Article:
Blake Griffin and the Clippers have hit the skids thanks largely to a poor defense that isn't getting any better. (EPA)
Despite 11 losses in 18 games, the Clippers remain in good position to make the playoffs because of their relatively hot start, their favorable remaining schedule and the struggles of other postseason hopefuls.
But a team that appeared to mark itself a contender when it thumped the Thunder on Jan. 30 now appears to be playoff roadkill. Its struggles, including a blowout loss at Oklahoma City on Wednesday and a home defeat last week to a Phoenix team resting Steve Nash and Grant Hill, have prompted two locker-room shouting sessions and rumblings that coach Vinny Del Negro’s job is in danger.
Del Negro’s job, of course, was in danger the moment the Clippers traded for Chris Paul, transforming themselves into a team that needed a championship-level coach sooner rather than later. Del Negro is not a championship-level coach, unless they give out championships for coaches who scream and stomp their feet at opposing shooters. The knock on Del Negro, dating to his two seasons in Chicago, is that his offense is boring and predictable. It is. I have news for you, team playing the Clippers tonight: Caron Butler is going to set a back screen for Blake Griffin on the left wing, turn to the side, set a ball screen for Chris Paul and then pop to the left corner while Griffin sets up in the post. Repeat 25 times, sprinkle in some more traditional Paul high pick-and-rolls, add a dash of Mo Williams running around screens at the elbows and, presto, you have the Clippers’ offense. Everyone knows what’s coming.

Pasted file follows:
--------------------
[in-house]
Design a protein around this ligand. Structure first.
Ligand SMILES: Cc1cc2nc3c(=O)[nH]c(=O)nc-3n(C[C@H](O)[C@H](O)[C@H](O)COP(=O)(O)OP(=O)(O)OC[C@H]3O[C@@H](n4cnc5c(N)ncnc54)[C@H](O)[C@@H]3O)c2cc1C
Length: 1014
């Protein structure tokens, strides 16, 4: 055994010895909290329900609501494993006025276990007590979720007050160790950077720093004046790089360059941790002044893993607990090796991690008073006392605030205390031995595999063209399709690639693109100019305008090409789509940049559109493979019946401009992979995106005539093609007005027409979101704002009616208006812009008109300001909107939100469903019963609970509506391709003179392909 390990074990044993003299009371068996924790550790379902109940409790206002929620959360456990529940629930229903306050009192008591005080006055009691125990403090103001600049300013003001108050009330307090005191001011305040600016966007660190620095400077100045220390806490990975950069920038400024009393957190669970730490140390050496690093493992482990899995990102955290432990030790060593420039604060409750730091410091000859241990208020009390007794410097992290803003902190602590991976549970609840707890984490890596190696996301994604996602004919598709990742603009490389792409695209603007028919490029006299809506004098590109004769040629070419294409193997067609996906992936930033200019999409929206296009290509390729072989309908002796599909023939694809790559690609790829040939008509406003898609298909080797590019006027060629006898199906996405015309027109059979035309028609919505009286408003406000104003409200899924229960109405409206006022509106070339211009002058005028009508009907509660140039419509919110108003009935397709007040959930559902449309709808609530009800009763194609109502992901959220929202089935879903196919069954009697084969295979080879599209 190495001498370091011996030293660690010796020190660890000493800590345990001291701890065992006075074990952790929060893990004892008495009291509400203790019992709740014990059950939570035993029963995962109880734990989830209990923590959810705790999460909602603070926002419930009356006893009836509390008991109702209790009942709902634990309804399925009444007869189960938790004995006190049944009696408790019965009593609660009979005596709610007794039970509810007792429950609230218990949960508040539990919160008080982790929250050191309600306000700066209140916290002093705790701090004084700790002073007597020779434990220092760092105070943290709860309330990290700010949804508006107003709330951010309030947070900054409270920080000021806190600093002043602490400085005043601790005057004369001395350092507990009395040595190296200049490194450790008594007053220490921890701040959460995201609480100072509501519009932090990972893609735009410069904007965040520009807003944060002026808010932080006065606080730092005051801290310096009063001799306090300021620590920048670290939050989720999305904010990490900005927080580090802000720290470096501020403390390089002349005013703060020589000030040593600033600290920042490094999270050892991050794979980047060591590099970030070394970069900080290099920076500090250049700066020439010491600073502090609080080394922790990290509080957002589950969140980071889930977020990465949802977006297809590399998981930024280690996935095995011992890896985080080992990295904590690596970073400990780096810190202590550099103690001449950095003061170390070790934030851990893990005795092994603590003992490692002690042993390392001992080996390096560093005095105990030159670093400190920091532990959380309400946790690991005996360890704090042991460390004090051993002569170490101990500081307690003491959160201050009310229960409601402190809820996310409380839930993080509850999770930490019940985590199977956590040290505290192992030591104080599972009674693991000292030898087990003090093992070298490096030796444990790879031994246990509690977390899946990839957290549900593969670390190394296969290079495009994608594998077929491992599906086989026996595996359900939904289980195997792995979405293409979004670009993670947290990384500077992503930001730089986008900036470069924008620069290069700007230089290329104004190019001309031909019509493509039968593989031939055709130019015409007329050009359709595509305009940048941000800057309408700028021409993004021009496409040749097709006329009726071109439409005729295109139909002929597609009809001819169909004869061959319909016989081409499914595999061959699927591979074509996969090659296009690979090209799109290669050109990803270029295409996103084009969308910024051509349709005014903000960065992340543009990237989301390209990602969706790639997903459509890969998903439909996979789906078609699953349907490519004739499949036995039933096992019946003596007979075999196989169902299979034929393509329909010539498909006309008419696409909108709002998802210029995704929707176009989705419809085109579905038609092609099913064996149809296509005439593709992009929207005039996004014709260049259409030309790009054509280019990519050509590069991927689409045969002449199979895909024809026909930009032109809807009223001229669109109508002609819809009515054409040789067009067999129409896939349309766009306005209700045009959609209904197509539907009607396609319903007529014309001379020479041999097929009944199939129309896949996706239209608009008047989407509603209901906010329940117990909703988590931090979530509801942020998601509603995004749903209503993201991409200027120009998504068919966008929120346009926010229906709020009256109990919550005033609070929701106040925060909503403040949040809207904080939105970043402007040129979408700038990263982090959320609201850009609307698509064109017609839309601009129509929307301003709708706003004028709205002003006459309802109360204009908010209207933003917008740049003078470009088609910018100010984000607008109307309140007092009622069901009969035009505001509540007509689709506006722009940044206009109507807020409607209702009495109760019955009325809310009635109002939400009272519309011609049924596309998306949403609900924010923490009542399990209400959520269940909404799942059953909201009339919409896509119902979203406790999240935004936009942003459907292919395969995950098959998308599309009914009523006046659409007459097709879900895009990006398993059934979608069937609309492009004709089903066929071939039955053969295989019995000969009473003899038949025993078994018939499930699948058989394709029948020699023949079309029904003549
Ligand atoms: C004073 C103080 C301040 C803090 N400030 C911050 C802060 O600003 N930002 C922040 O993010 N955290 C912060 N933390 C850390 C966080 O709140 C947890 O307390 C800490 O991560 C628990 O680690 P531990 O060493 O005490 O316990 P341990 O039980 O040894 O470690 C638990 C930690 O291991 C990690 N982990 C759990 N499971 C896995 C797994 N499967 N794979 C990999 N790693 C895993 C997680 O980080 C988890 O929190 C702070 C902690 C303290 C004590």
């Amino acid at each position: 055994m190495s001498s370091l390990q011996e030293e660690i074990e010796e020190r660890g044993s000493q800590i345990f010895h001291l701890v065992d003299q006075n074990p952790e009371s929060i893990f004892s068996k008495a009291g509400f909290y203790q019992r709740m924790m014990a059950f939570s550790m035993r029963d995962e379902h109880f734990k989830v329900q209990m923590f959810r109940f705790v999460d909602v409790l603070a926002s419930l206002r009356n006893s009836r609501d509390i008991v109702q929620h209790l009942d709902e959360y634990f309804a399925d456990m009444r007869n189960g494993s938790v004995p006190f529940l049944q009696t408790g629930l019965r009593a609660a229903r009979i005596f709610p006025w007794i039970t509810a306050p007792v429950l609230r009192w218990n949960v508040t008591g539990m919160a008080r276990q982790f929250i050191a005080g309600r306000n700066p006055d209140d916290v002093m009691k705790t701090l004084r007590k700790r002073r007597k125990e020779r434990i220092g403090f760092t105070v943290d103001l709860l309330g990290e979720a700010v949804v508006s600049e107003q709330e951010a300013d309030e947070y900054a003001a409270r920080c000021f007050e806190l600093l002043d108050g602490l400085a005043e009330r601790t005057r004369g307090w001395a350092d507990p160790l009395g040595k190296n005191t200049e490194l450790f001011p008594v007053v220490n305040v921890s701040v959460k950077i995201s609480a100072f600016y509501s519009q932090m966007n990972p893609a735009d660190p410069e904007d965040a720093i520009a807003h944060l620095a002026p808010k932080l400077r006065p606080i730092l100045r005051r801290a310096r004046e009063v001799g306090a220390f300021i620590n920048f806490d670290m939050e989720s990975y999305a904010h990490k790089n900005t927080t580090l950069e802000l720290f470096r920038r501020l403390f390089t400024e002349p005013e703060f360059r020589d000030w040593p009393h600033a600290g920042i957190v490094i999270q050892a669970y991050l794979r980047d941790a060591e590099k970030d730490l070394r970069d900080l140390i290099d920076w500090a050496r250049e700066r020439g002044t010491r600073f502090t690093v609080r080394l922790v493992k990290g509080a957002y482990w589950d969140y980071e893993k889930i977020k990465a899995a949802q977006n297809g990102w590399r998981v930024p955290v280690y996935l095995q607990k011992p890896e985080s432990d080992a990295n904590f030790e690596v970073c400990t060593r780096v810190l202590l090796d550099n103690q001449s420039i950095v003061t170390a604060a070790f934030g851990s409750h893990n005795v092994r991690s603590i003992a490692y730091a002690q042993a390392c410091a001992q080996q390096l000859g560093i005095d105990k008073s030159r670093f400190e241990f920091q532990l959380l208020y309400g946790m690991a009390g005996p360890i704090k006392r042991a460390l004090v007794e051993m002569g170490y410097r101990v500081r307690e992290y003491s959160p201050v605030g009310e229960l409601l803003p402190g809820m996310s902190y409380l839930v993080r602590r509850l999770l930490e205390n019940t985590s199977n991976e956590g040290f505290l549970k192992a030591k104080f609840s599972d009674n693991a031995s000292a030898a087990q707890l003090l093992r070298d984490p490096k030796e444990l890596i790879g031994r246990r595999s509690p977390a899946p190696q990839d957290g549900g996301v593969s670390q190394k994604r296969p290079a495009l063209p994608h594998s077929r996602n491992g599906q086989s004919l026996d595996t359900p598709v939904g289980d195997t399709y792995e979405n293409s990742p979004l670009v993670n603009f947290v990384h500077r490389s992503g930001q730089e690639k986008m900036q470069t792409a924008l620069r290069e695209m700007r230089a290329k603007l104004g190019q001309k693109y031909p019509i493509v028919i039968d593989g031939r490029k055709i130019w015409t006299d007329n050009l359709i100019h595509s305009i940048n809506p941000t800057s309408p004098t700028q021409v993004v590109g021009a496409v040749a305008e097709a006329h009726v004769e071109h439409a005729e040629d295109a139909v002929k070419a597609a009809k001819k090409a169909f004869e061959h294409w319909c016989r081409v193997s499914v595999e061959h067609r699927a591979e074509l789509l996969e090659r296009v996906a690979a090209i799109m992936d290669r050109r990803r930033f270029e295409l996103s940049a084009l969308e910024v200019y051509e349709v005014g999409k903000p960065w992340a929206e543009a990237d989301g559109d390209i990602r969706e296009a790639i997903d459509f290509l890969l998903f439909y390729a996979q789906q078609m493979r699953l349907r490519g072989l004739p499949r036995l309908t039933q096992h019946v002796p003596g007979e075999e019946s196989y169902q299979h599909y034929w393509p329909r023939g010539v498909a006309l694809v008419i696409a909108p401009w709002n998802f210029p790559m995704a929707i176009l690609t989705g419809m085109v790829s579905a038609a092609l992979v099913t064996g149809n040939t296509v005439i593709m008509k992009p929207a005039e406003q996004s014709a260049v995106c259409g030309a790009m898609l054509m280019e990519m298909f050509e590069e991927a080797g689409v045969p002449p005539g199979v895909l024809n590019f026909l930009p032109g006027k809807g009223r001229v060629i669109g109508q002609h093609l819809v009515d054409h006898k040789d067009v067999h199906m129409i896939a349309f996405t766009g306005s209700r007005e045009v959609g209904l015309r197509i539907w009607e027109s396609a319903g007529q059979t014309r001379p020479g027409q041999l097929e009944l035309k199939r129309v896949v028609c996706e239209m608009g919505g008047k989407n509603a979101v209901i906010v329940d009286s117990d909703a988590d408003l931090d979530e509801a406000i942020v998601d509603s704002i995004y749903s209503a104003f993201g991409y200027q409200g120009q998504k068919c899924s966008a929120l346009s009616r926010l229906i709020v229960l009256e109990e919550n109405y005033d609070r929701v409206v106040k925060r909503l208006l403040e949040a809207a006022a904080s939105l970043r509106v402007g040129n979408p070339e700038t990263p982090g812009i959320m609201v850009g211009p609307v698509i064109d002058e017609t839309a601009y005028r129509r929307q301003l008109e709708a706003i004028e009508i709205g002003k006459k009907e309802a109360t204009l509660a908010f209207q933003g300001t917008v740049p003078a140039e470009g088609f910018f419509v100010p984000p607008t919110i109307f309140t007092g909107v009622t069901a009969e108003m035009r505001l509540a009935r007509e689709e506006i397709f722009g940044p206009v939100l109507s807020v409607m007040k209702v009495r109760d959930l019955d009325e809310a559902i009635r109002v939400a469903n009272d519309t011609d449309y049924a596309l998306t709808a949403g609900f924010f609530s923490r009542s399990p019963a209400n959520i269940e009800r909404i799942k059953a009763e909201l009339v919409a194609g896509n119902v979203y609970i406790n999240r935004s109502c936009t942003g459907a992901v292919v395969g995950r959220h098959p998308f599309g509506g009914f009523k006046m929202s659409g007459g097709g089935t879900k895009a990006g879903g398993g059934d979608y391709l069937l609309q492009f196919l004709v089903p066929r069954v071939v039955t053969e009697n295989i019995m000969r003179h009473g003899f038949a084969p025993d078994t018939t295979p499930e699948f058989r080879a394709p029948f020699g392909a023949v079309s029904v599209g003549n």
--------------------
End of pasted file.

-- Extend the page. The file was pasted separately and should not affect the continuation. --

But most teams generally know what’s coming against every team they play, and the Clippers still rank sixth in offensive efficiency with 104.1 points per 100 possessions, according to NBA.com. The best coaches can catch opponents by surprise out of timeouts, by switching up what plays they emphasize night-to-night, and by constantly adding wrinkles and counters to their bread-and-butter stuff. Del Negro isn’t elite at making these adjustments. Nevertheless, the Clippers’ offense is just fine and has basically held steady during this poor stretch. Their scoring has dropped by less than a point per 100 possessions over the last 15 games, per NBA.com.
Their defense, on the other hand, is a total disaster. And while a better defensive coach could mitigate the damage, I’m not sure this Clippers team was ever going to be ready to play championship-level defense in this lockout-compressed season. The Clippers rank 23rd in points allowed per possession, a mark that essentially disqualifies them (historically speaking) from title contention and makes them the worst defensive team among those competing for a playoff spot. In the last 15 games, the Clippers have regressed badly, allowing 106.1 points per 100 possessions, which would about tie them with Washington as the league’s third-worst defense.